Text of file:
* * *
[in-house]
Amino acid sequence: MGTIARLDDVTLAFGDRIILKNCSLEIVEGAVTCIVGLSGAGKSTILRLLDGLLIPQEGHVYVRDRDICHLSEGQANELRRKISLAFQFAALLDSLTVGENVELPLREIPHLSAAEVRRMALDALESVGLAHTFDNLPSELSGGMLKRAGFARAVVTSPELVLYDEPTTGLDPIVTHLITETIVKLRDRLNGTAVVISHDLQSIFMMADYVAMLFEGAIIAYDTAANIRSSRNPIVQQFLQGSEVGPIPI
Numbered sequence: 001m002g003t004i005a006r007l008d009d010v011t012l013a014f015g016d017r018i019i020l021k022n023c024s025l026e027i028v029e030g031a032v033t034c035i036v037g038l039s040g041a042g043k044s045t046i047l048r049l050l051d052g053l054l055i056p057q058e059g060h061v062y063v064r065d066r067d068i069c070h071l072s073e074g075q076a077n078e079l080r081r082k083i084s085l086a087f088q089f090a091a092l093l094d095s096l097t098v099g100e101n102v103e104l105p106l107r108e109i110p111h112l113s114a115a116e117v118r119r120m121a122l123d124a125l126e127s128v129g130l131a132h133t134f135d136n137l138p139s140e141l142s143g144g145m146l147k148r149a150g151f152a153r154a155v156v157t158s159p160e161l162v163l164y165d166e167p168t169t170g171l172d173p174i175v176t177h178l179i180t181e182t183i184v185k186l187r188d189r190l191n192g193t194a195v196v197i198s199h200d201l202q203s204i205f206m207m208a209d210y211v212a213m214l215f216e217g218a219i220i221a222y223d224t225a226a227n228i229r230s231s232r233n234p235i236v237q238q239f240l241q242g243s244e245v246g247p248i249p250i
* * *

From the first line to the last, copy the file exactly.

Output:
[in-house]
Amino acid sequence: MGTIARLDDVTLAFGDRIILKNCSLEIVEGAVTCIVGLSGAGKSTILRLLDGLLIPQEGHVYVRDRDICHLSEGQANELRRKISLAFQFAALLDSLTVGENVELPLREIPHLSAAEVRRMALDALESVGLAHTFDNLPSELSGGMLKRAGFARAVVTSPELVLYDEPTTGLDPIVTHLITETIVKLRDRLNGTAVVISHDLQSIFMMADYVAMLFEGAIIAYDTAANIRSSRNPIVQQFLQGSEVGPIPI
Numbered sequence: 001m002g003t004i005a006r007l008d009d010v011t012l013a014f015g016d017r018i019i020l021k022n023c024s025l026e027i028v029e030g031a032v033t034c035i036v037g038l039s040g041a042g043k044s045t046i047l048r049l050l051d052g053l054l055i056p057q058e059g060h061v062y063v064r065d066r067d068i069c070h071l072s073e074g075q076a077n078e079l080r081r082k083i084s085l086a087f088q089f090a091a092l093l094d095s096l097t098v099g100e101n102v103e104l105p106l107r108e109i110p111h112l113s114a115a116e117v118r119r120m121a122l123d124a125l126e127s128v129g130l131a132h133t134f135d136n137l138p139s140e141l142s143g144g145m146l147k148r149a150g151f152a153r154a155v156v157t158s159p160e161l162v163l164y165d166e167p168t169t170g171l172d173p174i175v176t177h178l179i180t181e182t183i184v185k186l187r188d189r190l191n192g193t194a195v196v197i198s199h200d201l202q203s204i205f206m207m208a209d210y211v212a213m214l215f216e217g218a219i220i221a222y223d224t225a226a227n228i229r230s231s232r233n234p235i236v237q238q239f240l241q242g243s244e245v246g247p248i249p250i